Owosso barber set to appeal $9,000 fine for defying COVID order in court – The Detroit News

An Owosso barber who gained national attention last spring when he defied Michigan’s COVID-19 stay-home orders was fined $9,000 Monday for various violations of the state’s licensing rules. 
But barber Karl Manke plans to appeal the violations investigated and prosecuted after his decision last year to cut hair in defiance of Gov. Gretchen Whitmer’s stay-home order. His lawyer said the fines are a “last gasp” effort by the state to punish Manke after repeated failures in other legal venues. 
“This just demonstrates the pettiness and vindictiveness of the state in all of their actions against Karl over the last year,” said Dave Kallman, Manke’s lawyer. 
The Michigan Board of Barber Examiners voted Monday to fine Manke for violations that included carrying a comb in his pocket, accumulating hair and neck guards on the floor at the barber shop, and participating in a May 20 hair cut protest on the Michigan Capitol steps in May. 
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Manke was fined $500 for each of three sanitation and equipment violations and $3,000 for unlicensed hair cutting on the Capitol steps. The fines were assessed once on his personal license and once on his business license.
“Some things that were seen that were very disturbing to say the least, to put it mildly,” said barber board member De’Angelo Smith Sr. “The hair, the neck strips, the comb, the clippers — it’s our responsibility to make sure … that we’re putting the public in the most safest place possible as it relates to providing services.”
At least four GoFundMe pages set up to support Manke raised a total of roughly $87,000 at the height of his hair-cutting protest last year.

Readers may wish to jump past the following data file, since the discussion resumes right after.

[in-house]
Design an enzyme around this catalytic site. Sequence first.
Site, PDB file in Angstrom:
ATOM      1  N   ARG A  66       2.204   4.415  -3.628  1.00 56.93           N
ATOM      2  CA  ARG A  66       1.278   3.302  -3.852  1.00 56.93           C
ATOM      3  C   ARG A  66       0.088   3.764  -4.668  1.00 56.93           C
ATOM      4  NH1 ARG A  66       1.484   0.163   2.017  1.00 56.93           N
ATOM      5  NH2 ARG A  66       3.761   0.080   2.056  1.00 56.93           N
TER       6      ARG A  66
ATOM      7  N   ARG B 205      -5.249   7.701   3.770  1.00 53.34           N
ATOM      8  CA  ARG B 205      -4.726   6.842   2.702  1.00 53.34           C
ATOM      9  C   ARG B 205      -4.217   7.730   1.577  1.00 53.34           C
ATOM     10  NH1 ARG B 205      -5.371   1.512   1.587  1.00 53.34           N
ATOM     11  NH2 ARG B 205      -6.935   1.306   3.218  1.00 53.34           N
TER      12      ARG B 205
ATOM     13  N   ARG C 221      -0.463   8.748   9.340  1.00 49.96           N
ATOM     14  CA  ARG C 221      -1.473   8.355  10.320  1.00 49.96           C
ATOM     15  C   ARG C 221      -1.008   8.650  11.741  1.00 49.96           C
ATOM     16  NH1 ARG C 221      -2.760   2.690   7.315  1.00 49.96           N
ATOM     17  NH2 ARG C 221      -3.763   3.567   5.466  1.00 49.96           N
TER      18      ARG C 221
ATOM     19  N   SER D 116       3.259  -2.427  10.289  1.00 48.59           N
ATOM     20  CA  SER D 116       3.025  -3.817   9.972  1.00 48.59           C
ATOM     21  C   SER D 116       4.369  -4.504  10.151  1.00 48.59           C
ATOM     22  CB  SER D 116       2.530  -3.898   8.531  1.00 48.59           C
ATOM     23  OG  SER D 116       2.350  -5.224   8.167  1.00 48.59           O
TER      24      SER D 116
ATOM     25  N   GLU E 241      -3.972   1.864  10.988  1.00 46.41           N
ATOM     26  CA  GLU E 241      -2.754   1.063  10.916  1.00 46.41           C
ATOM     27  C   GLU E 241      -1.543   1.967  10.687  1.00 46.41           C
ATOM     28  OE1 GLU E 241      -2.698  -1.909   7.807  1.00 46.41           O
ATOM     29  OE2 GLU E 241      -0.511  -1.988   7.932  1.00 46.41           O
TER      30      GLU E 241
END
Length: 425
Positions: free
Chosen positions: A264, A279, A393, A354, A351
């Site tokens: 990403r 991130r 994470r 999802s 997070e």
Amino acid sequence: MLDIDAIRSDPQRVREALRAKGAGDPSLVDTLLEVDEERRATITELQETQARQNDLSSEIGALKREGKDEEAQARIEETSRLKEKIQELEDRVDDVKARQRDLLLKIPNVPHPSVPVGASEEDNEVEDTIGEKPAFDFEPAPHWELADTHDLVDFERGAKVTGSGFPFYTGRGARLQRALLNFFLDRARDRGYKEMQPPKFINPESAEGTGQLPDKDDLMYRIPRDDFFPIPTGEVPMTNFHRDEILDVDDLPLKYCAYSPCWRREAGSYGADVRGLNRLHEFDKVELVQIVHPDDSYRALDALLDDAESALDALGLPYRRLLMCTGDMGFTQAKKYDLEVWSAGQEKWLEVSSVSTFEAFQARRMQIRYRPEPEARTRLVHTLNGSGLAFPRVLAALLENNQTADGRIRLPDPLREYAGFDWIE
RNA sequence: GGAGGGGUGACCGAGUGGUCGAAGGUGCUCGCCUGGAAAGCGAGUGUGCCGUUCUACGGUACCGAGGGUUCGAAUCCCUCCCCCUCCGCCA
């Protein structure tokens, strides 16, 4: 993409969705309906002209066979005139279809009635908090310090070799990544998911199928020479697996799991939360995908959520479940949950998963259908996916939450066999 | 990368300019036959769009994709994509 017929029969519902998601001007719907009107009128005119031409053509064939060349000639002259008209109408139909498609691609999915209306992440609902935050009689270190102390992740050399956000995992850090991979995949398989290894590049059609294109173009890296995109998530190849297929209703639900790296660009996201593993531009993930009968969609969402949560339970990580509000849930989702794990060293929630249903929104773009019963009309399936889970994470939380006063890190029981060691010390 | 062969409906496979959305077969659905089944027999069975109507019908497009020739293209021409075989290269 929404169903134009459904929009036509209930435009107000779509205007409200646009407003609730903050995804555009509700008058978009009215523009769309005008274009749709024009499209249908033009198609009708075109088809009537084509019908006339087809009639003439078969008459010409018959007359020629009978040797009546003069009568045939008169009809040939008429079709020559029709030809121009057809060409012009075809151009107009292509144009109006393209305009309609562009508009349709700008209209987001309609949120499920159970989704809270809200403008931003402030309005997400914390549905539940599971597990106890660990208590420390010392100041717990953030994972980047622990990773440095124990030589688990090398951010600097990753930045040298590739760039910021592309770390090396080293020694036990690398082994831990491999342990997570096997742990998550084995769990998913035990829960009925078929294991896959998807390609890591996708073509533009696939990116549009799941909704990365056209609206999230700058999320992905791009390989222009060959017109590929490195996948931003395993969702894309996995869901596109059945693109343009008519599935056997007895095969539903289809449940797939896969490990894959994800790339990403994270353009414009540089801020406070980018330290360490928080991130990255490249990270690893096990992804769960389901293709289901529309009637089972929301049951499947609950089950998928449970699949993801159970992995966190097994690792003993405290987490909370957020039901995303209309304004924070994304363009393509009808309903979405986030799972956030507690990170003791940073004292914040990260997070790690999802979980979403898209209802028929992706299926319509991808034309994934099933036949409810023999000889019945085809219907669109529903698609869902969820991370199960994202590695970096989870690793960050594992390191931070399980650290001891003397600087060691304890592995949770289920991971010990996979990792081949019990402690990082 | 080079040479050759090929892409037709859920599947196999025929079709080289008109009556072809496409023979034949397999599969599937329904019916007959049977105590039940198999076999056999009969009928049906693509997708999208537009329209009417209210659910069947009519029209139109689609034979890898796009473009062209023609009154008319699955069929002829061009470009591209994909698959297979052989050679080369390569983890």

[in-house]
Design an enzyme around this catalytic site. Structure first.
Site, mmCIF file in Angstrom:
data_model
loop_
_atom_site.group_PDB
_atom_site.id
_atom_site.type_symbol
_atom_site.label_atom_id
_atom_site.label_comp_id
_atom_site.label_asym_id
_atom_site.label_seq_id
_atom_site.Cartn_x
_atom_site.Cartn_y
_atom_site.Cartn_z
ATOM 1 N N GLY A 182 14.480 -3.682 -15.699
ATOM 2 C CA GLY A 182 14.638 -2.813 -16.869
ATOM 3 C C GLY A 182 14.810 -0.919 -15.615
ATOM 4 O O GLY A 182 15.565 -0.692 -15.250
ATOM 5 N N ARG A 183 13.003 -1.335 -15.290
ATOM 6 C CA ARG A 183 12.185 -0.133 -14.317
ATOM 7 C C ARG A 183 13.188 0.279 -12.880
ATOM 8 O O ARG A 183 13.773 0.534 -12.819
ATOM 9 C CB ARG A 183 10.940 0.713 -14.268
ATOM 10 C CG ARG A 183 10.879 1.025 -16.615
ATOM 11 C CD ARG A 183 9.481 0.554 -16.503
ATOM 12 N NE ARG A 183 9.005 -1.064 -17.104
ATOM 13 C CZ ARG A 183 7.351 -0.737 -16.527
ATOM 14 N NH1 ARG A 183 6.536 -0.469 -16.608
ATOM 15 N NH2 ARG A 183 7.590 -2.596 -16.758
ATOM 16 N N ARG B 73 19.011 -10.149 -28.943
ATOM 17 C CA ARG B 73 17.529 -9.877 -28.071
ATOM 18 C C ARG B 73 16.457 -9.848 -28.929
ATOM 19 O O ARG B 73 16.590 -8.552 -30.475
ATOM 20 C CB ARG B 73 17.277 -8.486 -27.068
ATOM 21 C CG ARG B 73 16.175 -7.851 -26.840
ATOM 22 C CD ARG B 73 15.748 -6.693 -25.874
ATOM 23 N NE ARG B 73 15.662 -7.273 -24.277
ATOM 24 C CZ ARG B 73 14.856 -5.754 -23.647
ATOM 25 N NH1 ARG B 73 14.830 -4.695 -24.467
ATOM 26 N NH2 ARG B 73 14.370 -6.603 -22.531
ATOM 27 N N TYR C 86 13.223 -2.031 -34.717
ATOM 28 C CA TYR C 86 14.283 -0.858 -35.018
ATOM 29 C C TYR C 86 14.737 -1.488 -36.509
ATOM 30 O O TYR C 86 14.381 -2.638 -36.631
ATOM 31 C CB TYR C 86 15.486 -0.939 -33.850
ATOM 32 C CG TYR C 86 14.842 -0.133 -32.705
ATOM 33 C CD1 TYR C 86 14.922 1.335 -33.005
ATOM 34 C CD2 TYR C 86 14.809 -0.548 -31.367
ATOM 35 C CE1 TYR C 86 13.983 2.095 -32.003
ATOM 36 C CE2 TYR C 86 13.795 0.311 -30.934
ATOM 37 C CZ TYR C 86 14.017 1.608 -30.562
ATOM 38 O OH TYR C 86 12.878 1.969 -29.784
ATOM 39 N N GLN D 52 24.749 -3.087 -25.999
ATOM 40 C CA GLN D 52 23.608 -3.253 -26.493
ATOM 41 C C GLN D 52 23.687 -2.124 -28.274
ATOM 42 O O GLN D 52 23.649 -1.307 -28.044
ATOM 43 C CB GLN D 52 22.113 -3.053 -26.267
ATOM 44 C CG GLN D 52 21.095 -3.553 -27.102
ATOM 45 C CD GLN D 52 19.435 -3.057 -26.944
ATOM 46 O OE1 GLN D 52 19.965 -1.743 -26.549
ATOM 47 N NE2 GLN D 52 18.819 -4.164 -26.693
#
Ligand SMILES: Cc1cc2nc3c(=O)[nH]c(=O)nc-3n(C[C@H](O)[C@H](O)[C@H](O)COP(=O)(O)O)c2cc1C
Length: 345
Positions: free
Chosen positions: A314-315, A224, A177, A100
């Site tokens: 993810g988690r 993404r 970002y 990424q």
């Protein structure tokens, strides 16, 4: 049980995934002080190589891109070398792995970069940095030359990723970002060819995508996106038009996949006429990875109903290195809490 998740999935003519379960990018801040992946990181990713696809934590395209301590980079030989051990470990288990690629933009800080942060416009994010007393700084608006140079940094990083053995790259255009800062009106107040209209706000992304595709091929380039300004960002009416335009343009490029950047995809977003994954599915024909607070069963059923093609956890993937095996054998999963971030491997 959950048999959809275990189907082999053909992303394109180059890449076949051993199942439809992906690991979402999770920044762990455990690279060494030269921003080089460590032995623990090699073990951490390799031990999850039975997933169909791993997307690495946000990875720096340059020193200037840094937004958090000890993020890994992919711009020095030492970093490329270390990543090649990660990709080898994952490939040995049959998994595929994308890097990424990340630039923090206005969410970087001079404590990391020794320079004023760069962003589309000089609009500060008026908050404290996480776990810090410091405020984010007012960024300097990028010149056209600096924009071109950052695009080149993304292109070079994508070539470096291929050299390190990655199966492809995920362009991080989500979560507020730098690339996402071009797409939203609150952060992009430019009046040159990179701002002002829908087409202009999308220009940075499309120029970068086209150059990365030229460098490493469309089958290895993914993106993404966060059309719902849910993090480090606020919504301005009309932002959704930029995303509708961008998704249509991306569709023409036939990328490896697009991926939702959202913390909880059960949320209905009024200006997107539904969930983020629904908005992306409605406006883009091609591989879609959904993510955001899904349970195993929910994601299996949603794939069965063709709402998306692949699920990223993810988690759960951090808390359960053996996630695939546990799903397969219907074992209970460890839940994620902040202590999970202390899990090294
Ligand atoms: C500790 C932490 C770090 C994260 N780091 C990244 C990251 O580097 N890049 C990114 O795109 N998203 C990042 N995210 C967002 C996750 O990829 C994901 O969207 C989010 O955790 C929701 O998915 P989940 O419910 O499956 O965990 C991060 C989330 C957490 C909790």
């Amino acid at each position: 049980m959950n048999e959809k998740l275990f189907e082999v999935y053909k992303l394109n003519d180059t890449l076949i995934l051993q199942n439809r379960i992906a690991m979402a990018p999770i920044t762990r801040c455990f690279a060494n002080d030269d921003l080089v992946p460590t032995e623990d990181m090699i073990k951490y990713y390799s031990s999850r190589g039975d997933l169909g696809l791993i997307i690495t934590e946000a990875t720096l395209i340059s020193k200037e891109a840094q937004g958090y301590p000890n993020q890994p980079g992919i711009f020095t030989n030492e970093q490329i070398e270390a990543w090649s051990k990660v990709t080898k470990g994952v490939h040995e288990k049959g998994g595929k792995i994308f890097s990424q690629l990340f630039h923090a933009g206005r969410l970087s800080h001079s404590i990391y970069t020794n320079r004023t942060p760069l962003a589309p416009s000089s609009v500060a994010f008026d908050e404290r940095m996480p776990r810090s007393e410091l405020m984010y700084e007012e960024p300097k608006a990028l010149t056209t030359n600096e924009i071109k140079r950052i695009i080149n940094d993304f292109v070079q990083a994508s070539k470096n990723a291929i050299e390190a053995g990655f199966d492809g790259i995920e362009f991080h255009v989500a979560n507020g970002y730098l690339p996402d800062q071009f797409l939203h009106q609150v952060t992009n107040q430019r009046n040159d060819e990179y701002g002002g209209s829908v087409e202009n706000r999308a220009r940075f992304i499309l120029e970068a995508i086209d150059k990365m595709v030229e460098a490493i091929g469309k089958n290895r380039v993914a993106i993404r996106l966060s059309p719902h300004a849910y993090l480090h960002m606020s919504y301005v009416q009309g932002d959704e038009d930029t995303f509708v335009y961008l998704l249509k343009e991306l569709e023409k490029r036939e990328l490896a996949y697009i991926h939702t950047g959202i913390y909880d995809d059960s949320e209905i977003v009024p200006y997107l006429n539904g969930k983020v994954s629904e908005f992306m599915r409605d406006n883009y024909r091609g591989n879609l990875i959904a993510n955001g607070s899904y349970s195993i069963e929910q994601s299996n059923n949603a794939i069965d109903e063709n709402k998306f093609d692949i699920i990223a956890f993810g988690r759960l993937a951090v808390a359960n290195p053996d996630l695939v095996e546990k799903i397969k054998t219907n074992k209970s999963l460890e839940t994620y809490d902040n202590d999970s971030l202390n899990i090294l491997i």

Manke had argued last year that the sanitation violations were isolated and his hair-cutting protest at the Capitol was a form or free speech. 
An administrative law judge ruled earlier this month that Manke didn’t have a permit to cut hair on the state Capitol steps and that the First Amendment does not allow him “to violate laws governing his profession by cutting hair outside of a licensed barber shop.”
“Respondent had the option of protesting without cutting hair,” Judge Stephen Goldstein wrote. “He chose a different path and in so doing has violated the code.”
Kallman plans to appeal Goldstein’s decision and the board’s sanctions in Shiawassee County Circuit Court in an effort to have all of the violations thrown out. The alleged violations were, at the least, petty and, at the worst, unconstitutional, the lawyer said.
Manke shouldn’t have been fined $6 for his demonstration on the Capitol steps, let alone $6,000, Kallman added, noting the October Michigan Supreme Court decision that overturned the executive orders Manke was protesting.
“You should not be penalizing someone over their right to free speech, especially about something he’s right on,” he said.
Manke stopped working in late March 2020 under an initial shutdown order from Whitmer, but reopened May 4, arguing that he was doing so to keep afloat financially. 
He received a misdemeanor citation from local police and was served a cease-and-desist order by Michigan Attorney General Dana Nessel’s office and the Department of Health and Human Services that launched a series of court rulings and appeals regarding the closure of the barbershop.
Manke’s appeal of the shutdown order eventually made it to the Michigan Supreme Court, which in June overturned a lower court ruling that had ordered Manke’s shop closed.
The state Department of Licensing and Regulatory Affairs temporarily suspended Manke’s license May 13 before reinstating it in June. Manke continued cutting hair during that time.
On June 22, the department began a formal proceeding to sanction Manke’s license and held a variety of hearings before Goldstein on March 1, 2021 ruled Manke was guilty of the sanitary and unlicensed violations at issue in Monday’s Board of Barber Examiners meeting. 


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